I’m pretty sure I could still recite the entirety of The Lion King line-for-line. The trend of “retro” Disney (aka, the 90s) recently being featured on clothing everywhere has been the greatest thing ever for me. I now own more Lion King shirts than I can wear in a week.

For our journals, our teacher had us fill out a “topic web” so that we wouldn’t ever feel stuck not knowing what to write about. This is a nice little snippet of what my 6/7-year-old self’s world was like, and I can’t help but feel some warm affection for that little kid. As you can see, The Lion King made the list of things I really wanted to write about. (You’ll also notice some more on-point spelling.)

1stGradeJournal-topic web

You can guess how excited I was when whatever parade I was watching on Thanksgiving Day featured a Lion King themed float.

11-94_1stGradeJournal-parade

I’m about 99% sure that’s Rafiki and Zazu on the left.

And the obsession with all things Lion King wasn’t just me. It ran in the family. My sister was also obsessed, as evidenced by how we celebrated her 15th birthday.

3-95_1stGradeJournal-Kristin's birthday

There is definitely a lion on that cake.

First grade was also the year I truly discovered my love for video games. For Christmas that year, we got The Lion King (of course) and Sonic and Knuckles for the Sega Genesis. I remember staying home from school on snow days consisting entirely of sledding, hot chocolate, and playing Sega with my brother and sister. (For the record, I dig out my good ol’ Sega Genesis every once in a while and still LOVE playing both of these games.)

1-95_1stGradeJournal-Lion King

Probably the best drawing of my 1st-grade career.

1-95_1stGradeJournal-Sonic and Knuckles

Complete with scratch-and-sniff crayons!

One last bonus entry. I honestly cannot remember what the prompt for this entry was. Was it to create our own silly toothpaste brand? WHY WOULD IT BE THAT? Regardless, I can’t help but see it as hinting at my soft spot for vampires.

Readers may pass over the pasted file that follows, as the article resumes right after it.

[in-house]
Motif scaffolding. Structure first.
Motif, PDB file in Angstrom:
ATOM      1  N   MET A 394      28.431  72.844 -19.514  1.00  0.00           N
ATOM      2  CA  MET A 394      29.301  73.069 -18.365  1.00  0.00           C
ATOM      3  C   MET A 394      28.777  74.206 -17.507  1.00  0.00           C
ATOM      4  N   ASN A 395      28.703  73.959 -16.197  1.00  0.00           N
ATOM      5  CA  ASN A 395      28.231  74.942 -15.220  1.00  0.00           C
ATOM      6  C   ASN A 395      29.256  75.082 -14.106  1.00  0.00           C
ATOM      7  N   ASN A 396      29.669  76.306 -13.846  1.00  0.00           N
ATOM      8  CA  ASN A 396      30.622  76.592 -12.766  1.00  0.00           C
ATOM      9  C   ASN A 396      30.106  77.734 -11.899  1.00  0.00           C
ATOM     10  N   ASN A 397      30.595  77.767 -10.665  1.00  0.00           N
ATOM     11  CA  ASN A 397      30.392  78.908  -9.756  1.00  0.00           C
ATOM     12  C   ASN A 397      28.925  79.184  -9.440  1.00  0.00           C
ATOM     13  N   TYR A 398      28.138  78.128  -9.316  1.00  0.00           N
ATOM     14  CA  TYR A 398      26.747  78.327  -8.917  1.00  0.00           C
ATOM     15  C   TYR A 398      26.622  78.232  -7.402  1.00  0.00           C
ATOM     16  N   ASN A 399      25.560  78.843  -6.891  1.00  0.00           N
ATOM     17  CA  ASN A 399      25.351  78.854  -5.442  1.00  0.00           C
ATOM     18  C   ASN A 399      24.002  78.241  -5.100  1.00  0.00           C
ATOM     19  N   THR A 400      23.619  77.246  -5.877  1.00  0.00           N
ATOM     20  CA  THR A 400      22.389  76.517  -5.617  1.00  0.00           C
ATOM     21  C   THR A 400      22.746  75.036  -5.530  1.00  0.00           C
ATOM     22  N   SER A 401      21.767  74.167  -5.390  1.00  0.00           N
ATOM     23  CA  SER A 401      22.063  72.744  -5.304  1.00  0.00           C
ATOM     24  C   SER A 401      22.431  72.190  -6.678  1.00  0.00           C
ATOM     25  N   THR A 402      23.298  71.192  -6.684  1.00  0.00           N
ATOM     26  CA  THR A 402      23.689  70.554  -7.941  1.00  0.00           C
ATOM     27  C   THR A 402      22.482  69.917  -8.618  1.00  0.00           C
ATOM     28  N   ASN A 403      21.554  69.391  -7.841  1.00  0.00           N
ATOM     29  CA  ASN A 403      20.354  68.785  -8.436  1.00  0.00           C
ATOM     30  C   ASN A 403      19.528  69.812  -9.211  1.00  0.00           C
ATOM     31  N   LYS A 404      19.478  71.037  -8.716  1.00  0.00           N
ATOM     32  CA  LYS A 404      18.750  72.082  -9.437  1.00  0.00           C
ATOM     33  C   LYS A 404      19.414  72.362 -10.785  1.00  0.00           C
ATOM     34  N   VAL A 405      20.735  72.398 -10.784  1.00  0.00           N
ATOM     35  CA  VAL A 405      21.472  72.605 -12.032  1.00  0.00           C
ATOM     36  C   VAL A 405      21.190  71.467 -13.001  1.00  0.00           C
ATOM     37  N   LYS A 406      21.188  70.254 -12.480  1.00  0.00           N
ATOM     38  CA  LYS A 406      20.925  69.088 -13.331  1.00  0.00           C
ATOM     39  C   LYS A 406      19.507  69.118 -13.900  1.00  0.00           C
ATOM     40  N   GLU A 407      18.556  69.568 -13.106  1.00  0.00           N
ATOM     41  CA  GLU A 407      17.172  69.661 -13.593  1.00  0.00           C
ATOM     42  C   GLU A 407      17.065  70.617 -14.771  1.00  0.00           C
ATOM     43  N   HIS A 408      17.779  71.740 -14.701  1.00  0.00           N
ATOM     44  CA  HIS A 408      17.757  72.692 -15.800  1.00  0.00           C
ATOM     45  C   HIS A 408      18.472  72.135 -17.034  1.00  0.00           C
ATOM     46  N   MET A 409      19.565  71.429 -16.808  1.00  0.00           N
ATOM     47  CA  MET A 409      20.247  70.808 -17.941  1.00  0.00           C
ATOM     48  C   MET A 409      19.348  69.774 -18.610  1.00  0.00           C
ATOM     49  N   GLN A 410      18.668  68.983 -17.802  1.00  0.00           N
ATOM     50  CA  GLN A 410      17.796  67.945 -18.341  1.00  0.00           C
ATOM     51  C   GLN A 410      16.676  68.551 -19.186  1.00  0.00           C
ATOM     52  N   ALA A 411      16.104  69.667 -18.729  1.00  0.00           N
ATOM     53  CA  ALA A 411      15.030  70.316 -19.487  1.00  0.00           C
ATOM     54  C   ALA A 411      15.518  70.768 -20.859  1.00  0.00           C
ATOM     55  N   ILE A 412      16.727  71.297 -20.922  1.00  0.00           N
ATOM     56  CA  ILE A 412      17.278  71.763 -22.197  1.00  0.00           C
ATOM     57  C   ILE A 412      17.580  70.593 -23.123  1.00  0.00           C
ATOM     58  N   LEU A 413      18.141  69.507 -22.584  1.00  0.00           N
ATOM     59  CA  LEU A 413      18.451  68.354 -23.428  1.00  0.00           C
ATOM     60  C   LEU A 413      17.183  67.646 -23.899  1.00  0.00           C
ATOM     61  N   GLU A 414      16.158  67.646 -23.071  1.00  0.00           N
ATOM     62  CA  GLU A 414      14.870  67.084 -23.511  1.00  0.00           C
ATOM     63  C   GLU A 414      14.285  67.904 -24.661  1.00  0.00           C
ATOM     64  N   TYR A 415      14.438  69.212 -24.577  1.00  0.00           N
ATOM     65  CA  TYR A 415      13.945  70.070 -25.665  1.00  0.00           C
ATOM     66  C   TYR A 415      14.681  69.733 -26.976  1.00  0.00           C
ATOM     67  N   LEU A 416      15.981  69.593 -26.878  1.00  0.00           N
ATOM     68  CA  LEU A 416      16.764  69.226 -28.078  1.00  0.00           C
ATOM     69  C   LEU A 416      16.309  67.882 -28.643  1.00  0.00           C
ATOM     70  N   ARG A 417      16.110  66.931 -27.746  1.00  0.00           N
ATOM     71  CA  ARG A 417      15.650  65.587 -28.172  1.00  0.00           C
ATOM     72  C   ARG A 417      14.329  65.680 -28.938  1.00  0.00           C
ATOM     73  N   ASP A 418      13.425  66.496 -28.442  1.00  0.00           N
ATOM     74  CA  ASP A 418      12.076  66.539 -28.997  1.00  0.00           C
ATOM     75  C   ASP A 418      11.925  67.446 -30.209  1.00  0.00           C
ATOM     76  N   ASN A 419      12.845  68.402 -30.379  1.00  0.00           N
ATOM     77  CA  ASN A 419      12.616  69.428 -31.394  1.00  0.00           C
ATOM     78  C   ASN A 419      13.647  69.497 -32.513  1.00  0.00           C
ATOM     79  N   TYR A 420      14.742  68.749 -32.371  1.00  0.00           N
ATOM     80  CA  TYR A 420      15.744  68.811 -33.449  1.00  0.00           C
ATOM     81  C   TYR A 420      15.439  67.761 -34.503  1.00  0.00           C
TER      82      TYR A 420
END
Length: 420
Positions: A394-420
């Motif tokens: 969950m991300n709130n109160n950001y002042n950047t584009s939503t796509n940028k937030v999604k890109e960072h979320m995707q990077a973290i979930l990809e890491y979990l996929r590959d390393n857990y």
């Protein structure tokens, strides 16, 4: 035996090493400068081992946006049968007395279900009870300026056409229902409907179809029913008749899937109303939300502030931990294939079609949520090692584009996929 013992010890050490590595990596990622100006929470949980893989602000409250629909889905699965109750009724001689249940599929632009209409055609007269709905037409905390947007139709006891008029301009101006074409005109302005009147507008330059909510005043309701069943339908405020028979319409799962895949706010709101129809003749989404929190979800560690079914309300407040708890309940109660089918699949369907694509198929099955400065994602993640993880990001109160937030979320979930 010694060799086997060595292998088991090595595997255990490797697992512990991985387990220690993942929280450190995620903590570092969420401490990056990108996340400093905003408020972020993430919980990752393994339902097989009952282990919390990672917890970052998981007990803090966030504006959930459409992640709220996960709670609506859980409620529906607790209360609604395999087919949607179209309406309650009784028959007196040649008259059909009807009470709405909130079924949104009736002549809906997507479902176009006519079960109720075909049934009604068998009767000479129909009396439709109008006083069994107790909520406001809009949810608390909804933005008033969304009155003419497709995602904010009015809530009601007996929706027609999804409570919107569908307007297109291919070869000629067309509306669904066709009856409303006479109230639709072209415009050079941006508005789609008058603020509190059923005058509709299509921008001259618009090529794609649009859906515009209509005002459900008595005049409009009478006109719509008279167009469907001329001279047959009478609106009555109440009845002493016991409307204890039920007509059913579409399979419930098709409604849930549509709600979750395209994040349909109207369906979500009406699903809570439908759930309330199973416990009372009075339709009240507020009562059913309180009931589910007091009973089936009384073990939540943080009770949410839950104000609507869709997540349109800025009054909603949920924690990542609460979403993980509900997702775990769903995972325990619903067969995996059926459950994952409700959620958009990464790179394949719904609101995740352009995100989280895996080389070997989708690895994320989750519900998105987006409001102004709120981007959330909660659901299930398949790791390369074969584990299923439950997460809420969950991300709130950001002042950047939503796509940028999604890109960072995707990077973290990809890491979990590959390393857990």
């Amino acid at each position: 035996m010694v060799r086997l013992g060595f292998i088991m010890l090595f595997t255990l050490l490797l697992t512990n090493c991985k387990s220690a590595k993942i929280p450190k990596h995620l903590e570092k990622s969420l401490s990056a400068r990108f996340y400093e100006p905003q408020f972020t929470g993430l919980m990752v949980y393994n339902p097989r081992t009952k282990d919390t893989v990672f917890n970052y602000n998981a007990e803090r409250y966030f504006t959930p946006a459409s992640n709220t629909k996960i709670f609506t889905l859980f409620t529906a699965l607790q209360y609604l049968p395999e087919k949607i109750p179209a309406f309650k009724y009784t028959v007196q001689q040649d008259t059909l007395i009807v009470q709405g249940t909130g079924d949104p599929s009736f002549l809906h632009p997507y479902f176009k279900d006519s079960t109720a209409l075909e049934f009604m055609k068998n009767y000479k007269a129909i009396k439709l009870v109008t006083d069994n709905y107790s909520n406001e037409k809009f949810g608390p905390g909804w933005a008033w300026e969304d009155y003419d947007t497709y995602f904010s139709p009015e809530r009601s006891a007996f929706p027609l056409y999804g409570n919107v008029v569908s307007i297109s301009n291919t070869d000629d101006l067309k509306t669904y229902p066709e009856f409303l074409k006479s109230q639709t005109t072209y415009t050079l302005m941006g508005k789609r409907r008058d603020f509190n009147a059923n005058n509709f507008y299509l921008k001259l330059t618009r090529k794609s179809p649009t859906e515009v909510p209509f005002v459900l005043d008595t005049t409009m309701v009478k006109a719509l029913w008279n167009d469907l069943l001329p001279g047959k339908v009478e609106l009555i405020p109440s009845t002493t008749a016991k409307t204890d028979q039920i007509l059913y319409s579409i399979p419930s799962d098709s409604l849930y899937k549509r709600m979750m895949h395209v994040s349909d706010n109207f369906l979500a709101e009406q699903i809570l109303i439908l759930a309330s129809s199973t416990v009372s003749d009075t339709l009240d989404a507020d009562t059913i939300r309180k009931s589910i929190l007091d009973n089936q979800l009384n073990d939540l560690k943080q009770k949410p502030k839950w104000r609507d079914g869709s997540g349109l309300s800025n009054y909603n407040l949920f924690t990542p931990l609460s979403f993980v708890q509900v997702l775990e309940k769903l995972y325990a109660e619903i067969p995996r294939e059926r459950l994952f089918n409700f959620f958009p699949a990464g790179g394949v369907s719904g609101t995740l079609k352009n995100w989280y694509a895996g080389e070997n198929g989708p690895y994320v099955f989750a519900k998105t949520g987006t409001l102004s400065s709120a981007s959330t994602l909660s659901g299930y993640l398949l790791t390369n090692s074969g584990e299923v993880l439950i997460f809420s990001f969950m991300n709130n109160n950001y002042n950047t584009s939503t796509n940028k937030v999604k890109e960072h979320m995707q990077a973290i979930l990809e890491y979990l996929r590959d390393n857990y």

11-94_1stGradeJournal-toothpaste

 

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The Official Archives of My Life

Have I mentioned yet that I am a hopeless pack rat? I feel like this needs to be touched on before moving on with my other posts. Part of my pack rat nature probably comes from my mom, who I swear kept every drawing and significant piece of art/schoolwork from my elementary school career (after which I started to learn to hoard things myself). I also liked to collect things when I was a kid. I had a keychain collection, a rock/seashell collection, a sticker collection, and a stuffed animal collection (the largest and most prized of the bunch), just to name a few. Sure, they were cool things to have, but part of my desire to keep these things was because they reminded me of people, trips, events, feelings, etc. In addition to collecting, I’ve also been known to hold on to strange or seemingly insignificant items simply because of the invisible memories they were wrapped in. A boy once gave me a box of chocolate for Valentine’s Day. I ate the chocolate and kept the box for YEARS. I once went to a Backstreet Boys concert. The glowstick my sister bought me at the concert eventually lost its glow, but I still kept it in a drawer in my room for YEARS. I once tied a piece of yarn around my wrist as a bracelet and never took it off until it finally frayed and broke. Instead of throwing out the sad piece of yarn, I kept it and had it for YEARS.

Although I’m a pack rat, I’m at least an ORGANIZED pack rat. A few years ago I went through all of my keepsakes and performed a major purge. All of the things I couldn’t bear to part with were then neatly cataloged chronologically in several giant plastic filing containers with folders labeled by year (I’M NOT OBSESSIVE YOU’RE OBSESSIVE). I even parted with the the chocolate box, glowstick, and raggedy piece of yarn I mentioned before. Don’t get me wrong. I am not cured. I am just more organized now. I still harbor serious pack rat tendencies. Name a roller derby game you have seen me skate in and I can probably dig out the program. That thoughtful Christmas card you sent me five years ago? I have it around here somewhere. And don’t even get me started on my hoarding of potential crafting materials (“I can’t get rid of all these bottle caps—what if I need them for a project later?!”).